Heating nuts prior to use releases aromas that increase flavor. Warming can be accomplished by toasting in the oven, or by dry sauteing on the stovetop. Take care not to toast a nut too long or it will impart a bitter, burnt flavor to the dish. If possible, the oven method is the best. Spread the nuts on a pan in a single layer, place in a 300 degree F oven and roast, mixing periodically until they achieve the desired color. Time will vary based on the type of nut, the cut, and the desired finished color. Briefly warming nuts in the oven before adding them to batters will also help prevent them from sinking to the bottom.
Some nuts are referred to in size by a count. For example 18-20 Pistachios, 21-25 Pistachios, 240 Cashews, 320 Cashews. This refers to the number of nuts per ounce or pound. The higher the number, the smaller the nut. Just like shrimp counts in the seafood department!
The nuts that are highest in monounsaturated fat are almonds, Brazil nuts, hazelnuts, macadamia nuts, pecans, pistachios and walnuts. Nuts are high in calcium, folic acid, magnesium, potassium, vitamin E and fiber.
Shelled nuts can be stored, airtight in a refrigerator for up to four months or frozen for up to 6 months. In-shell pistachios do not freeze well because when they thaw, moisture can become trapped inside the shells.
California leads the world in almond production. Each spring much speculation begins over the size of the new year’s almond crop. The weather plays a crucial part in the development as it does in all crops. If it is too cold or if there is too much rain in California in February as the blossoms are forming on the trees, then the bees can’t get out to pollinate the crop! The term nonpareil comes from a French word meaning “having no comparison” or “having no equal.” Toasting almonds before using in recipes intensifies their flavor and adds crunch. Almonds are packed with calcium, fiber, folic acid, magnesium, potassium, riboflavin and vitamin E. Almond Measures:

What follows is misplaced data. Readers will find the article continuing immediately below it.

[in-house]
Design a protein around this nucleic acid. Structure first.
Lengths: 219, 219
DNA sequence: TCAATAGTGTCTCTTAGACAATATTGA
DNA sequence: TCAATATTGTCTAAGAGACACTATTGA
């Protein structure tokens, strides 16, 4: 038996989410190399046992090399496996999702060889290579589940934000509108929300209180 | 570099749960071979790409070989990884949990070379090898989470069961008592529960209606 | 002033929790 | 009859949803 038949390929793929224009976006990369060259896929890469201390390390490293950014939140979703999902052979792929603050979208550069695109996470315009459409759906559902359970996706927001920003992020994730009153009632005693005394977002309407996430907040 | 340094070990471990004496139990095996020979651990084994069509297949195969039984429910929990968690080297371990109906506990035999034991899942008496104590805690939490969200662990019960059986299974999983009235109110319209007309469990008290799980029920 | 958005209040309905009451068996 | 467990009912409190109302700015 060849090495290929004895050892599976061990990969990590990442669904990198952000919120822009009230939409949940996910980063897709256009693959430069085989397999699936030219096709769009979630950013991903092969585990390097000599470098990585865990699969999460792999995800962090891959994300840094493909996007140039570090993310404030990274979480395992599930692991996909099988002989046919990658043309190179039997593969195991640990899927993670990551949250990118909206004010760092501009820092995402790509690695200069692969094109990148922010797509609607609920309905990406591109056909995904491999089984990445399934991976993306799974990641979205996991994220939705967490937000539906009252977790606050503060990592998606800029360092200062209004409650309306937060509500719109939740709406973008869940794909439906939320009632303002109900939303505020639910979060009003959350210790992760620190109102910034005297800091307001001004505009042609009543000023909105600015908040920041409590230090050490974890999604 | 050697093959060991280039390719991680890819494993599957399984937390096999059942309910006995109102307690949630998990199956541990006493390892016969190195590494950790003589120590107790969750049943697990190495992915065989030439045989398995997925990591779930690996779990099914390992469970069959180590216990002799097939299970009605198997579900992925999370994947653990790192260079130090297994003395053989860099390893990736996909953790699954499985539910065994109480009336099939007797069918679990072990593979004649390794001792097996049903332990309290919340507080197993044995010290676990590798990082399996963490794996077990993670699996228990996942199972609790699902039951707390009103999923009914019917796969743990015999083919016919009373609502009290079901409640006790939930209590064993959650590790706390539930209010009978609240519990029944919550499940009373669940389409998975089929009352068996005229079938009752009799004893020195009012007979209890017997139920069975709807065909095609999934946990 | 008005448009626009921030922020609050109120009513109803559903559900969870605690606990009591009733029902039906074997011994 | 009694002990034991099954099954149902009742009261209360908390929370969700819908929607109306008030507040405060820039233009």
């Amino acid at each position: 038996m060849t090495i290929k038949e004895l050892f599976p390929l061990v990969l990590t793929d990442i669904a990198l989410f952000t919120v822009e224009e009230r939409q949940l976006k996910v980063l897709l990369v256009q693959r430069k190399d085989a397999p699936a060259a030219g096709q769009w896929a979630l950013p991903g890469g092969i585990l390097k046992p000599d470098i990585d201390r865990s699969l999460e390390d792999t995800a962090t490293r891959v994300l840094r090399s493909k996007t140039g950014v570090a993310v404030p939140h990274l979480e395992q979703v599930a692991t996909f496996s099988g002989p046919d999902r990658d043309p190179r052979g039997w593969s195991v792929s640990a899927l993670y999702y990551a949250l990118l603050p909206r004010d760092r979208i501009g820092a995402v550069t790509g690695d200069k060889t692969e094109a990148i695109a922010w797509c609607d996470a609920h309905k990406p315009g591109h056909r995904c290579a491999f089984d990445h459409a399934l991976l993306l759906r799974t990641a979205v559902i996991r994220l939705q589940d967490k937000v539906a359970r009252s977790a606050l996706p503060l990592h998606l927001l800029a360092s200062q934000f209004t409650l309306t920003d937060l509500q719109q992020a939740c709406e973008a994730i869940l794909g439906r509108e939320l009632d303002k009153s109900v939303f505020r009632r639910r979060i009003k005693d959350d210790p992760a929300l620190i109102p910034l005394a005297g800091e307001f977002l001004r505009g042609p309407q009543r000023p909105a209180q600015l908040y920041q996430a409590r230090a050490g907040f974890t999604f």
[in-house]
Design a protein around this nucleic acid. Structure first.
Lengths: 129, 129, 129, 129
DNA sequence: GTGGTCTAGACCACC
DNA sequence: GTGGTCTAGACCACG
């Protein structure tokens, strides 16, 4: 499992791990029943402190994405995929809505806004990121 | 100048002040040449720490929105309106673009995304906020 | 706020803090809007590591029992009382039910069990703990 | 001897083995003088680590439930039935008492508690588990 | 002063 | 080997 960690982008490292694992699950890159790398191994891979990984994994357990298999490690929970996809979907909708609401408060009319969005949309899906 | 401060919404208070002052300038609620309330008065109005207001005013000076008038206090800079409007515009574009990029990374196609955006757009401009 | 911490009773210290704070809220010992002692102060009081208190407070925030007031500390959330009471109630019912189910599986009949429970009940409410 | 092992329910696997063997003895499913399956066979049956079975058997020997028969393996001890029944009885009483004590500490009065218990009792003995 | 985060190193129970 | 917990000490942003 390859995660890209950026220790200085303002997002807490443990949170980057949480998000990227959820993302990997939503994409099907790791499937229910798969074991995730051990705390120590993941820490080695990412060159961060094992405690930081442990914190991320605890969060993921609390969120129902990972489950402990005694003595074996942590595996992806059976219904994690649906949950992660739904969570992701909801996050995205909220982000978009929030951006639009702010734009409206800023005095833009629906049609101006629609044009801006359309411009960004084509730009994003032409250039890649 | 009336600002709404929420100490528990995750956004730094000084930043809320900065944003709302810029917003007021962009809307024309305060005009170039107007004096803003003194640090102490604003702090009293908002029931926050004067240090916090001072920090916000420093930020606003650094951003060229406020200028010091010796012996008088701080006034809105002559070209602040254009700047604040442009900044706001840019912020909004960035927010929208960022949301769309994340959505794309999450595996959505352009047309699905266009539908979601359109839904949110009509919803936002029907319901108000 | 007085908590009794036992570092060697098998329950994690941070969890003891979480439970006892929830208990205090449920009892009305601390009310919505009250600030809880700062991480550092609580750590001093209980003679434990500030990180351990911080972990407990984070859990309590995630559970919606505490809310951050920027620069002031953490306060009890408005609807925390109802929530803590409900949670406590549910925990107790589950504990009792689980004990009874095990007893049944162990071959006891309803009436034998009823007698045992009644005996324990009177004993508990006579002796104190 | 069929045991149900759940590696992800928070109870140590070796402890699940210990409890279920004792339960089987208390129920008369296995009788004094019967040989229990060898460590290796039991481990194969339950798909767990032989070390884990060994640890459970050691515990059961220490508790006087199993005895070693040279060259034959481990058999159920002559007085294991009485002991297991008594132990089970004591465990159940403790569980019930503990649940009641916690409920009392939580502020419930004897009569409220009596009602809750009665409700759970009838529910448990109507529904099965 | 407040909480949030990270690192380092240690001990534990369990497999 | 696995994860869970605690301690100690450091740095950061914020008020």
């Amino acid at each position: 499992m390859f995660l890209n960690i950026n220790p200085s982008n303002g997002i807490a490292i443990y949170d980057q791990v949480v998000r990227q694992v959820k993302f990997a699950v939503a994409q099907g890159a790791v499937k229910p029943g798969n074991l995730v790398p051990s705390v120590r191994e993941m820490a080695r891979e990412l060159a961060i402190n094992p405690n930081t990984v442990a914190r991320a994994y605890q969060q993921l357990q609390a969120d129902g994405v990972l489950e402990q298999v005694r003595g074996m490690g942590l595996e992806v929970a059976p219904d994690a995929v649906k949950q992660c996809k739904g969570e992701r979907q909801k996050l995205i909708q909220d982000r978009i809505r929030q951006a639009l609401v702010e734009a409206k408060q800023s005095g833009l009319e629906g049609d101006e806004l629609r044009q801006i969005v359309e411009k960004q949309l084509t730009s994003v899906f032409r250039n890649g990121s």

- 1 cup sliced almonds = 3 ounces
- 1 cup slivered almonds = 4 ounces
- 1 cup whole almonds (shelled) = 5 ounces
- 1-cup whole almonds (5 ounces) will yield approximately 1-2 cups when ground in blender or food processor.
One pound of almonds equals:
- 3 cups whole, natural or blanched
- 3 cups chopped
- 3 cups (scant) chopped
- 3 cups slivered
- 4 cups finely ground
- 5 cups sliced
The Brazil nut is a 3-sided nut that is actually the seed of a wild-growing tree that towers high above the other jungle growth in South America’s Amazon River basin. Harvesting the nuts is a dangerous occupation because the heavy, falling pods cannot be seen as they crash to the ground. The pods contain from 8-24 nuts that are each enclosed in individual shells. These pods are generally opened on the spot, and the nuts move down the river, through various collection points to central gathering areas in the sea towns. Shelled nuts are graded and packed for export while the whole nuts are loaded on ships where they are ventilated and dried on their way to world markets. Brazil nuts are rich in selenium, a powerful antioxidant.
The cashew is the kidney shaped nut that grows on the outside and bottom of the cashew apple, a yellow-orange fruit. The cashew tree blooms once a year between November & January and the fruit ripens fully in two months. From harvest to final shelling, a great amount of hand labor is required. The cashew is encased by a honeycombed shell that contains a toxic, stringent oil that is capable of blistering human skin. The cashew tree is a distant relative to poison ivy and sumac, so even its foliage must be handled with extreme care. Processing includes several heating and steaming steps to remove the nut so that even a “raw” nut has already received a mild roasting.
Hazelnuts are also called filberts. They have a brown skin that can be removed by heating them at 350 degrees for 10 to 15 minutes until the skin begins to flake. Place a handful of nuts in a dishtowel, then rub vigorously until most of the skin is removed.
- One pound of hazelnuts (shelled, whole) equals 3-1/2 cups.